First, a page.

Laken Tomlinson’s pass blocking vs. Packers
This is a key block by Tomlinson on a designed rollout for Zach Wilson. Tomlinson draws a one-on-one against a 3-tech who has the leverage to easily shoot through the B-gap and impede Wilson’s intended path. But Tomlinson comes through with an excellent rep to keep Wilson clean.
This is another great block by Tomlinson in a key spot to protect Wilson.
Tomlinson is on the back side of a designed play-action rollout for Wilson. He starts the play with his eyes on the 2i-technique, but he goes inside to McGovern, so Tomlinson turns his head outside to look for work.
By the time Tomlinson looks outside, he already has Rashan Gary barreling toward him. Gary has six sacks this year and is a fantastic athlete who ran a 4.58 in the forty. If Tomlinson fails to impede Gary at this point, Gary could easily get into the backfield and chase Wilson down from behind.
But Tomlinson comes through. He shoots his left hand and catches Gary in the chest. From there, Tomlinson is able to slow Gary enough to prevent him from generating back-side pressure.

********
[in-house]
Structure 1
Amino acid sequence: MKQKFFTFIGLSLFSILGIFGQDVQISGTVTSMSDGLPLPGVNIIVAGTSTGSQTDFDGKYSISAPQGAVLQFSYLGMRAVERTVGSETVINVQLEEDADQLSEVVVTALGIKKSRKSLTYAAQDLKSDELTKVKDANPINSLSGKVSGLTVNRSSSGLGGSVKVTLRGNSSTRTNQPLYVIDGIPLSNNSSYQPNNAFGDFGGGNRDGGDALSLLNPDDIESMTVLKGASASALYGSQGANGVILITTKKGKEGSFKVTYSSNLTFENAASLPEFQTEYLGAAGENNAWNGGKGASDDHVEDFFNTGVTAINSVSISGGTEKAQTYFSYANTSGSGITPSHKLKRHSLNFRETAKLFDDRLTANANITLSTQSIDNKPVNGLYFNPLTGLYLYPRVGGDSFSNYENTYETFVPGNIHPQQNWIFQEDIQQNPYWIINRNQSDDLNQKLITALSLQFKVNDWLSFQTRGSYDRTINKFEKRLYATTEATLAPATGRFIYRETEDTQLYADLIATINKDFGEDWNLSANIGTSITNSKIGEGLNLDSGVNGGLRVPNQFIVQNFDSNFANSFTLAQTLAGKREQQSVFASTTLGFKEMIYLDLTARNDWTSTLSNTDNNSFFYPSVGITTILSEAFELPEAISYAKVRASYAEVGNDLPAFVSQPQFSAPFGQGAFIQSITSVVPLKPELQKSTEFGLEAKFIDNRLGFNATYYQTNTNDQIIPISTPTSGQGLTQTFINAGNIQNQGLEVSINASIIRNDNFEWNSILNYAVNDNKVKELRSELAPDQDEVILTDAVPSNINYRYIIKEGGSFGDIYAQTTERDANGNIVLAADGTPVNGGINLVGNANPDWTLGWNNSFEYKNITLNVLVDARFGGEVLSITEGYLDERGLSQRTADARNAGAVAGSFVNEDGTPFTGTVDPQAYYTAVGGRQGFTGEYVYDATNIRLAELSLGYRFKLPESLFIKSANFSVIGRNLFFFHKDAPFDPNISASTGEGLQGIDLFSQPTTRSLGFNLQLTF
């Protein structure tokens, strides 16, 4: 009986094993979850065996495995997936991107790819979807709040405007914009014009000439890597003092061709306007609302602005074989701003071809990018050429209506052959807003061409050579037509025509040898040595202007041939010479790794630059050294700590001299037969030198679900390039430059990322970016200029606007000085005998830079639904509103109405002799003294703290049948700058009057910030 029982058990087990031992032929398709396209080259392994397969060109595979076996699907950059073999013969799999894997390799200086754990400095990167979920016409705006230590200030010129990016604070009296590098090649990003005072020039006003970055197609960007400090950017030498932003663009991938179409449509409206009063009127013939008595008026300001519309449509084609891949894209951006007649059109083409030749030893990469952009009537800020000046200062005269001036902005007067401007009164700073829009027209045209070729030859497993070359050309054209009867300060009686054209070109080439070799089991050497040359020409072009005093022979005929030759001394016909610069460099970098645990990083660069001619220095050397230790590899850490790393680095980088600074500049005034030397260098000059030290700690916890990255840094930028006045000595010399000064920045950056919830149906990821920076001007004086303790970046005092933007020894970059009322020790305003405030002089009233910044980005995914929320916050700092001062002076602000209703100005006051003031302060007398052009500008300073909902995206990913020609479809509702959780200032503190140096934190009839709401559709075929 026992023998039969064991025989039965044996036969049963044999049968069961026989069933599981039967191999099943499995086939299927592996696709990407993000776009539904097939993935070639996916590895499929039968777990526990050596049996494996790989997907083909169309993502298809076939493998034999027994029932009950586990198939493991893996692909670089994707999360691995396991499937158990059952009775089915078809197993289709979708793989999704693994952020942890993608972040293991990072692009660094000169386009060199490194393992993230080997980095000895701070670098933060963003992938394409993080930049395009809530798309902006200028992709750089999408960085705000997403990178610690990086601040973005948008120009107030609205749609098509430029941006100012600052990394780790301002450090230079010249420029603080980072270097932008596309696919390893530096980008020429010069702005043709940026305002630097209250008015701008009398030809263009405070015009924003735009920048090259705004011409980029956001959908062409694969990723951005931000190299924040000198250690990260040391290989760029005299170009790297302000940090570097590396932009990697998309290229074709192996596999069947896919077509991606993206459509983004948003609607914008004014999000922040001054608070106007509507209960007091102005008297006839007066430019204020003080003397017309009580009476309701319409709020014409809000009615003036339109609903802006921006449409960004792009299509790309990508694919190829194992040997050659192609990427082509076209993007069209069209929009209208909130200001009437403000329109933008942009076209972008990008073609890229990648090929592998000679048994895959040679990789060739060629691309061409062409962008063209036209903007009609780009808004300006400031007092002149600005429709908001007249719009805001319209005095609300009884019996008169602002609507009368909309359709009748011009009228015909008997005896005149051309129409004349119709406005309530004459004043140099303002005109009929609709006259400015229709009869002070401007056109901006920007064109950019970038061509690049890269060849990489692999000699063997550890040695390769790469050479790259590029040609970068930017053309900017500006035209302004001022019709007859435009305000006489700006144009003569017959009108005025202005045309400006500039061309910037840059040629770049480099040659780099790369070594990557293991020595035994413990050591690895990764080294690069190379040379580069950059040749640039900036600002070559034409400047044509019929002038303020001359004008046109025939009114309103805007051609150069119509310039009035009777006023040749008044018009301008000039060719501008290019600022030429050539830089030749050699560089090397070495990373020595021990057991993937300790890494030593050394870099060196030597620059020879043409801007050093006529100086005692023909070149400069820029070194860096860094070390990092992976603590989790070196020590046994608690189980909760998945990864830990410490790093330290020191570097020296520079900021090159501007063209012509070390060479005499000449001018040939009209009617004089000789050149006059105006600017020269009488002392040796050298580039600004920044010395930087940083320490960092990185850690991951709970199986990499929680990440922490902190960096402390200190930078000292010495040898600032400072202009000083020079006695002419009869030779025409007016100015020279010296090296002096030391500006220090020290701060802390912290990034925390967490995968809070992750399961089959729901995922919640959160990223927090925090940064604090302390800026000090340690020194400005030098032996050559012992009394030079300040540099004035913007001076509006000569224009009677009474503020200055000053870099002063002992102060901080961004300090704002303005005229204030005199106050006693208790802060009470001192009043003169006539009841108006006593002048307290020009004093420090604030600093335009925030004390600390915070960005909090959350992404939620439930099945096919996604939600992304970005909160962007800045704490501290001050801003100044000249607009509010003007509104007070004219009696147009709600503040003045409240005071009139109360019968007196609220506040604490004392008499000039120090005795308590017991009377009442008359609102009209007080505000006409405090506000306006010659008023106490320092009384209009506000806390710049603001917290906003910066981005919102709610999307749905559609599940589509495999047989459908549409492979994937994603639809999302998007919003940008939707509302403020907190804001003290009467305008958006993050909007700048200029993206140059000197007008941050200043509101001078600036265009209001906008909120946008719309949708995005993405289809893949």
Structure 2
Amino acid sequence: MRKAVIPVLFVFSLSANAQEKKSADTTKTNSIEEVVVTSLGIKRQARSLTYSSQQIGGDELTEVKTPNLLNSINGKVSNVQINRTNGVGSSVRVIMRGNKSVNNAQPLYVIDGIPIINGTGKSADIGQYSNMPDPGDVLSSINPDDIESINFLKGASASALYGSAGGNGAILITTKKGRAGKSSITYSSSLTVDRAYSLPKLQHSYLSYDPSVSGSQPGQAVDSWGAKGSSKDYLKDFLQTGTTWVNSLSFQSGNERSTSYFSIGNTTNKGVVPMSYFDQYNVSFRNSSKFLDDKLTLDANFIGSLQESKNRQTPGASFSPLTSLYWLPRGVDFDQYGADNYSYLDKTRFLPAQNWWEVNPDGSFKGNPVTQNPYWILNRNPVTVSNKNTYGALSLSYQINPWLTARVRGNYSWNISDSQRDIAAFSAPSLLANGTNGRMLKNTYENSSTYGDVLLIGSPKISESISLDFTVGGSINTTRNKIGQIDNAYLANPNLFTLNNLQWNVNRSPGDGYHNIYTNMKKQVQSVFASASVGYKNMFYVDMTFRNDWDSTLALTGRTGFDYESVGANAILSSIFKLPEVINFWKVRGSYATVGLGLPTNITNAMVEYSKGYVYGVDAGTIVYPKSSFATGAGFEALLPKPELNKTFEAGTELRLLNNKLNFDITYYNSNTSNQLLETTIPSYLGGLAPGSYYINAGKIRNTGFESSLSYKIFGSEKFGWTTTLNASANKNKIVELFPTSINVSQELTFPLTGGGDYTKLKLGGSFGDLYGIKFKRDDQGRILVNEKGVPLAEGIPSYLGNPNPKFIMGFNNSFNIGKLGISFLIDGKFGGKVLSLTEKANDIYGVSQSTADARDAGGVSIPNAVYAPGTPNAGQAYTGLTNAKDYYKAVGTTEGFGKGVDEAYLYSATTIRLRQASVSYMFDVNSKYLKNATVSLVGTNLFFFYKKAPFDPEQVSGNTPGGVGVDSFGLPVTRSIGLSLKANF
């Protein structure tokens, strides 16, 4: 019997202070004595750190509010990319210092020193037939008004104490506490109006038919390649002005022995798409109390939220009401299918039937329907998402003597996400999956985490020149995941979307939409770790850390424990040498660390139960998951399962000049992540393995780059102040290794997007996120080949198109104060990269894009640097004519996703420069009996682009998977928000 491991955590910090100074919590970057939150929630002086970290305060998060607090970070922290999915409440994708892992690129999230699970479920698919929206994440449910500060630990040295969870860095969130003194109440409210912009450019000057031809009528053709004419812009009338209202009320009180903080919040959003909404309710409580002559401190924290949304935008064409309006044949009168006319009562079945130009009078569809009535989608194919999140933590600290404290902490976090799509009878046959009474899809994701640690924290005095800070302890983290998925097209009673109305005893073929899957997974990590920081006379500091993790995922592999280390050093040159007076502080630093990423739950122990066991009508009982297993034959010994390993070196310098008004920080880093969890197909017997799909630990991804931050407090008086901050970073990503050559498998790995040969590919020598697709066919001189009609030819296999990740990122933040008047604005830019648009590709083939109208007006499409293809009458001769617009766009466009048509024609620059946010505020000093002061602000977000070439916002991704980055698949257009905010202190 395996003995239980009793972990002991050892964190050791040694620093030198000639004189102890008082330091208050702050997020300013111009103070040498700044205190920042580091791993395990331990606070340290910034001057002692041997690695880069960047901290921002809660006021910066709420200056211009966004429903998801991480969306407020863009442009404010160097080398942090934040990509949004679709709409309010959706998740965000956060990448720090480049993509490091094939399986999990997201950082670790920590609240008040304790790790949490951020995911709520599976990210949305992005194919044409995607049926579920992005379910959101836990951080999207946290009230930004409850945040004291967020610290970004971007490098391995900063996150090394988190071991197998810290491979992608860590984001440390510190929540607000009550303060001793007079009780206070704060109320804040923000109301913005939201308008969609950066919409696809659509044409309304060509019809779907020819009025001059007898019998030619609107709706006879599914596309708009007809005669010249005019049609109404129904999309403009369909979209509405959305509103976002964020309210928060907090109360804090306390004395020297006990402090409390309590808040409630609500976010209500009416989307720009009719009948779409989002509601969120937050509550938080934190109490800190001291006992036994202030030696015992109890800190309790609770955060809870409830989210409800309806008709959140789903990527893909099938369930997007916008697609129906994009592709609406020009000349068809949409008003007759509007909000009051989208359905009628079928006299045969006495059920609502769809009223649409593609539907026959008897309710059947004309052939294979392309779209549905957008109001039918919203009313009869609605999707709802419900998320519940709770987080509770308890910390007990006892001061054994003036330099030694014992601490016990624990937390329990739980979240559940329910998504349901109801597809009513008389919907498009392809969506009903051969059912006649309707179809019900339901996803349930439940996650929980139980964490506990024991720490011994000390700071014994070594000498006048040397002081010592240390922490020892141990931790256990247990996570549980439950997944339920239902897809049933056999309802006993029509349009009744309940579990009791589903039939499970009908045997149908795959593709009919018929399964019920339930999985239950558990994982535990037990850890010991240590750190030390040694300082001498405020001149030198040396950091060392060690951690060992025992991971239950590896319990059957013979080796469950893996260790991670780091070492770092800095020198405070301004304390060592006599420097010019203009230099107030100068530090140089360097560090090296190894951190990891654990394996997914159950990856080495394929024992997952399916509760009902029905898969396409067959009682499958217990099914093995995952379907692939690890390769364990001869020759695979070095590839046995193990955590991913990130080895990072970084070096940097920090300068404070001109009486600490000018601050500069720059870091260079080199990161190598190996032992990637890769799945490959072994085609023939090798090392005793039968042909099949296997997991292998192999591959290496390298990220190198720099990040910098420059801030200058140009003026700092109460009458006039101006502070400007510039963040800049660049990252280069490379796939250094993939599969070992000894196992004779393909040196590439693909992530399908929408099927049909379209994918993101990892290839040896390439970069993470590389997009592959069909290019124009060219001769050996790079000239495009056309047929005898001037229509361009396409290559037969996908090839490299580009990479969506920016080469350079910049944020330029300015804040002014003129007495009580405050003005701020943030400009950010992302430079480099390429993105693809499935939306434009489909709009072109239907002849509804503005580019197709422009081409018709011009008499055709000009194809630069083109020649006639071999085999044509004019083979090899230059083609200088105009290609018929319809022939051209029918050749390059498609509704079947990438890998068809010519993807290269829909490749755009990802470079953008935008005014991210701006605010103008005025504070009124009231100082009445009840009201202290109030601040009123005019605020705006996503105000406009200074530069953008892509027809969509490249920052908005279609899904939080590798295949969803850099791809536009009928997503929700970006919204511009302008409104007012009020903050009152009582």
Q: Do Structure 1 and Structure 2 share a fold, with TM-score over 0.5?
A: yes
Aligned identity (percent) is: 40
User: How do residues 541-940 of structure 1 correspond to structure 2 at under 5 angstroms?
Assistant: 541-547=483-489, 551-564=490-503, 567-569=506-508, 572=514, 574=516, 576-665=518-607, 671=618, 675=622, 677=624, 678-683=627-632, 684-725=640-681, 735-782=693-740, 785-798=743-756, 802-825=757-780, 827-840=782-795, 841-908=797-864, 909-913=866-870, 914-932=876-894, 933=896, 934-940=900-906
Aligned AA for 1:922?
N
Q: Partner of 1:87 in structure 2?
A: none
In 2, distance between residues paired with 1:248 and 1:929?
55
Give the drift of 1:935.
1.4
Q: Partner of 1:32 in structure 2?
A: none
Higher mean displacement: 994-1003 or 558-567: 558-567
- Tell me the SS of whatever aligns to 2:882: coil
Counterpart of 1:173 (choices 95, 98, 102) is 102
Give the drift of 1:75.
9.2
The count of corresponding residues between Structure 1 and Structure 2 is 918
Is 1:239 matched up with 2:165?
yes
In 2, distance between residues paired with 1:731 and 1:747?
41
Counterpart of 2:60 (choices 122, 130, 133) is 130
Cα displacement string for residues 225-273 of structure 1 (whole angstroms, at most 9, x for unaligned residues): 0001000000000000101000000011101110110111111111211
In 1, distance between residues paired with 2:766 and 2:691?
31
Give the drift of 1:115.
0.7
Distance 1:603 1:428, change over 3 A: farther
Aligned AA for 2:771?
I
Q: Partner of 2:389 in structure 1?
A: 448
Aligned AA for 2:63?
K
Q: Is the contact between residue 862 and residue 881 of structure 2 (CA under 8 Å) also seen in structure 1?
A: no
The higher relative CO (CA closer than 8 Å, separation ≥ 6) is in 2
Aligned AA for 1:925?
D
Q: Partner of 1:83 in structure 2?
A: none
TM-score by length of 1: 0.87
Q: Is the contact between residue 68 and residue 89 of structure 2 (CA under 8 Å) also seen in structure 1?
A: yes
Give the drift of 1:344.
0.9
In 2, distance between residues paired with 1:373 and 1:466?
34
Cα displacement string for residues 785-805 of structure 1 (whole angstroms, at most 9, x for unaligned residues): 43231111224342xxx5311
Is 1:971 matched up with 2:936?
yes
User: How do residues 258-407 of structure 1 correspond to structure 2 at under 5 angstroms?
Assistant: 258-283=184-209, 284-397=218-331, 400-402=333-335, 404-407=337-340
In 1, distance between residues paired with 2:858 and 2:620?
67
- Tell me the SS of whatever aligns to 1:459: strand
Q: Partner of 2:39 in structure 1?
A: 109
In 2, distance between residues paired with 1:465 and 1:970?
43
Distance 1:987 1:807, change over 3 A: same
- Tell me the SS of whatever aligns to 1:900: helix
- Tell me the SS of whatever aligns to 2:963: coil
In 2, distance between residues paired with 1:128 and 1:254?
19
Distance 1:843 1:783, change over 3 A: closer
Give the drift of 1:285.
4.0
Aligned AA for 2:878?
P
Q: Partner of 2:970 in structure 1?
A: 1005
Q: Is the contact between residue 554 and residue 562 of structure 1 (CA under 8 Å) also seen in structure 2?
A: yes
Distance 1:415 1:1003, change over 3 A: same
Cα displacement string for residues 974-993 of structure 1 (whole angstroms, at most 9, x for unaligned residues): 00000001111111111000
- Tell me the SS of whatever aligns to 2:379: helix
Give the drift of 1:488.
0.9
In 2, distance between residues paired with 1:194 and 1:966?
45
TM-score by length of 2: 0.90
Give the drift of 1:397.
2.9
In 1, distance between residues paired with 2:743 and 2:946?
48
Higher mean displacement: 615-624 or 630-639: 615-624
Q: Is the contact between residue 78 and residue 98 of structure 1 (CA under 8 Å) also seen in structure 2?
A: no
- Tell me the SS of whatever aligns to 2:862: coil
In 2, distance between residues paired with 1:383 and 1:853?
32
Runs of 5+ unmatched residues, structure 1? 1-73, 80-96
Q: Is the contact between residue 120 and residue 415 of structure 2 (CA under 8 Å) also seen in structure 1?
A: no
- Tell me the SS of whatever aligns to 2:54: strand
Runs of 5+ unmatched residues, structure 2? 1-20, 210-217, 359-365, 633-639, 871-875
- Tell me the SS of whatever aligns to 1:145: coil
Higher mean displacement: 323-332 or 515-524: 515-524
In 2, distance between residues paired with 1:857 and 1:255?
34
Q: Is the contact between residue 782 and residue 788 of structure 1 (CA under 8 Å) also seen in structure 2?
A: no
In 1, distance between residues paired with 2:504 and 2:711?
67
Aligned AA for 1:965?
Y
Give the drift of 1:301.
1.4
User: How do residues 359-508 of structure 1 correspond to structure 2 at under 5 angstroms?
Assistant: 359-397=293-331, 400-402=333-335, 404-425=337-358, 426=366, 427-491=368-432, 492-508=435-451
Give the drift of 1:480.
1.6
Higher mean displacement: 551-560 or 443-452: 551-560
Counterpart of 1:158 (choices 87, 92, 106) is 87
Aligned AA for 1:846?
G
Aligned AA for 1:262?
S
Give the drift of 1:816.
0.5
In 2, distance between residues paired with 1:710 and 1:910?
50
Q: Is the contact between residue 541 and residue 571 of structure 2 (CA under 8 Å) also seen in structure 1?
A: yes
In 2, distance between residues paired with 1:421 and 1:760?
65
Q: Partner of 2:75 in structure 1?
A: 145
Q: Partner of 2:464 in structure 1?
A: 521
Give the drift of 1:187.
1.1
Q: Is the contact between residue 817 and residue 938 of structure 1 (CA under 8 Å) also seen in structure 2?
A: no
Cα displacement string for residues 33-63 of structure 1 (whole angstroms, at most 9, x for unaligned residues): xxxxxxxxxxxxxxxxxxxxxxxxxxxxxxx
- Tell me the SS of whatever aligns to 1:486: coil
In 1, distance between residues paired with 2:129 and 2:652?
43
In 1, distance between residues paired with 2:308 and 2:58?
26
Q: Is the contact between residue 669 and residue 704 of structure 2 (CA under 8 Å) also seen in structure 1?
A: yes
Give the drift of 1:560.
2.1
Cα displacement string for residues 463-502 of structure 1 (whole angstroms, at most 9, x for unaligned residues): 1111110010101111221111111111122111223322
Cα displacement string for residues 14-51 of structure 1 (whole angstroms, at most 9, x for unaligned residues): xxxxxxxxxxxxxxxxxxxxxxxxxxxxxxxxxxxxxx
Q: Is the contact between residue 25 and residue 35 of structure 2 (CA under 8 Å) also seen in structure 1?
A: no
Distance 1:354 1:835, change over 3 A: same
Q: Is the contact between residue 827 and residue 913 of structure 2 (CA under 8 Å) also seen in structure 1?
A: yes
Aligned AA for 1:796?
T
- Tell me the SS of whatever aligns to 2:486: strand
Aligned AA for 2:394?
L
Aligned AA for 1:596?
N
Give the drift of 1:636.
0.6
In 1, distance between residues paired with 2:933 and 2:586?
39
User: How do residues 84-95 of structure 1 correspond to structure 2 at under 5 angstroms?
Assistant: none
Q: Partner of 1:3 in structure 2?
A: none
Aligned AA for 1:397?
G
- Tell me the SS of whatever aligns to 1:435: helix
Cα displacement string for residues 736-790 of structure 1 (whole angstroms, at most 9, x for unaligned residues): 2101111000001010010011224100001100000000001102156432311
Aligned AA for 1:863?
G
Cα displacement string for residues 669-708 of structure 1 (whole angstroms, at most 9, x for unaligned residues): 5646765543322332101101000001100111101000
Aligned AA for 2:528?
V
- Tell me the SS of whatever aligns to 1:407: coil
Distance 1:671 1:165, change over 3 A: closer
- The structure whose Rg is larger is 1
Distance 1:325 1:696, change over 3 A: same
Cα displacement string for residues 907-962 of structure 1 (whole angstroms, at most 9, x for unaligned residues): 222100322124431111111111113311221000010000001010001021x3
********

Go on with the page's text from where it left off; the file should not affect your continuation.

The 2i-technique on the opposite side of the line skips across into the opposite A-gap, hurdling into McGovern and Tomlinson. The duo does a fantastic job holding him at bay.
Tomlinson was anything but an imposing force over the first four weeks. Now, he is starting to make his presence felt. Tomlinson is left without work and does what guards are supposed to do in that situation: go find the nearest engaged defender and blast him into the ground.
Tomlinson handles the initial bull rush attempt from the 4i-technique defensive tackle (a 4i-tech lines up over the tackle’s inside shoulder) and then smoothly converts into a double-team with McGovern.
Tomlinson gets low and drives the 2i-technique inside, clearing a huge throwing lane that Zach Wilson uses to find Corey Davis.